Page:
Top ten most festive cities for the traveller celebrating this Eid
- 07 May 2019
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Though many people will be heading home for the Eid celebration at the end of Ramadan, an increasing number of Muslim travellers prefer to make their Eid a little more special by heading abroad for the festivities. If you are one of them, here are ten cities where you can enjoy an Eid holiday in glorious festive style.
A proper Eid Bayram (national festival) in the former Ottoman capital has to begin with prayers at the Blue Mosque. Follow this with a visit to the Topkapi Palace to marvel at the opulence of the Ottoman sultans and the historic religious relics they amassed, including the staff of Moses and the tooth of the Prophet Muhammad. Then cool off with a walk along the Bosphorus, where you can board a cruise boat or just take in the bracing sea air. Finally, head for the Grand Bazaar to wander the narrow alleyways of one of the world’s largest covered markets (look for an Eid bargain and the imperial sweet, baklava).
Home to a huge North African Muslim community and one of the finest modern mosques in the western hemisphere, the capital of France is an excellent place to celebrate the end of Ramadan. Join the throngs of Muslims first thing in the morning at the Grand Mosque de Paree in the Latin Quarter, then take a walk through its serene gardens that, like the mosque’s architecture, evoke the spirit of Al Andalus. Later, as you head towards the picturesque banks of the Seine, pop into the Institute du Monde Arabe and take in one of its fine exhibitions on the Muslim world. End the day in one of the city’s quintessentially Parisian cafes with a steaming cup of coffee and watch the world go by.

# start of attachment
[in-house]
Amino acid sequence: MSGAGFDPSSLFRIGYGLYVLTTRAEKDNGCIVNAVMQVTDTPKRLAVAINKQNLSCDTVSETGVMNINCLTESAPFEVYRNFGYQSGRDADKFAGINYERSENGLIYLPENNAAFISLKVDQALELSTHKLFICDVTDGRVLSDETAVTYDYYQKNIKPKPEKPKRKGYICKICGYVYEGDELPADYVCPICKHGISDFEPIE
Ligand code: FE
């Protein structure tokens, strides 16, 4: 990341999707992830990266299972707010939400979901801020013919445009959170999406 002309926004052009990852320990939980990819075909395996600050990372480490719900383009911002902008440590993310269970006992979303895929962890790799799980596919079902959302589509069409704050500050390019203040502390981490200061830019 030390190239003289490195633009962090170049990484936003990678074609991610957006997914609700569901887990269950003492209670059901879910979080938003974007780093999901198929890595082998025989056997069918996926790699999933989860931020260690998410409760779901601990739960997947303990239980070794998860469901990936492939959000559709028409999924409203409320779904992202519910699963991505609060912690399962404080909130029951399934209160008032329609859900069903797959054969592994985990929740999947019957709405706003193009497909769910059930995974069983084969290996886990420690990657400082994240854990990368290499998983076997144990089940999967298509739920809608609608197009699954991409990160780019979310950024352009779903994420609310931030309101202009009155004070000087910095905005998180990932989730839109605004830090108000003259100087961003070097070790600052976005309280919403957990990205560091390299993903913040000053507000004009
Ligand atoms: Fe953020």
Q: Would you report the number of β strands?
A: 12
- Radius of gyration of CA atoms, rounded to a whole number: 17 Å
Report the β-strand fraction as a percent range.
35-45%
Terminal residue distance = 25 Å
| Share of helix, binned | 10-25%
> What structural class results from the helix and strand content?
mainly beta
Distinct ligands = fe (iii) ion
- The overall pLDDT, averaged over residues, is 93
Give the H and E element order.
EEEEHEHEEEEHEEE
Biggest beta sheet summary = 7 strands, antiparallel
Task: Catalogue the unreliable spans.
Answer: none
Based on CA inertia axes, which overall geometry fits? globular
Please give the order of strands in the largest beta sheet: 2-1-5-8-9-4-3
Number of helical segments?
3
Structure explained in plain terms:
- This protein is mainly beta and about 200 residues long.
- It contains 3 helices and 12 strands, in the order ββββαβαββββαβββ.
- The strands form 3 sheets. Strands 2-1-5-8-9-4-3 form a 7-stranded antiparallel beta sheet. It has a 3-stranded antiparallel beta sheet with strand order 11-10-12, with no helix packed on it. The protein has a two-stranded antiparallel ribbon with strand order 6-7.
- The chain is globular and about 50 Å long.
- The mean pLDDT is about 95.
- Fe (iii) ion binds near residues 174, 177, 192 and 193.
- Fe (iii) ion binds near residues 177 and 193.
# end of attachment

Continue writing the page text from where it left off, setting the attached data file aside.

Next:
Your Eid will have an East–West feel at this popular Muslim destination. After Eid salah in the city’s Fatimid-style Jumeirah Mosque, head down to the old town near Dubai Creek for a more traditional Eid vibe. Start by cooling off with a cruise on one of the traditional wooden dhows before wandering the narrow streets of the recreated historic quarter and checking out its delightful cafes and boutique restaurants. Before heading back to Dubai’s glitzier neighbourhood for the evening, be sure to check out one of the world’s great Islamic relics at the Crossroads of Civilisations Museum: the world’s oldest surviving kiswa, commissioned by none other than Ottoman Sultan Suleiman the Magnificent.
Begin with a prayer alongside hundreds of Londoners out in the open at one of the many “Eid in the Park” salahs that take place across England’s capital. Then head to one of the Muslim neighbourhoods, like Brick Lane, to enjoy delicious festive food and a carnival atmosphere as the men and women around you embrace each other in elaborate and colourful outfits. After having your fill of ethnic Eid treats, make your way to central London for the mayoral Eid festival at Trafalgar Square, where musicians and live performers will keep you entertained late into the night while you indulge in even more halal flavours from around the world.
There’s only one place to start your Hari Raya Adilfitri in Kuala Lumpur: the Moghul-style Masjid Jamek. The mosque sits on the city’s most historic spot, at the confluence of two rivers, where the very first settlers landed. The recent discovery of its ancient steps leading down to the water have now been integrated into the city’s stunning “River of Life”, a feature where fountains dance to a playlist of classical and contemporary music, and classy restaurants line the waterfront. This area really comes alive during the Eid festivities, and there is every chance you could be invited to a Malaysian Eid “open house”, where anyone is welcome to join the celebrations and eat delicious Eid treats like kuih raya (Eid cookies), ketupat (rice cakes) or a mouth-watering rendang (coconut beef curry).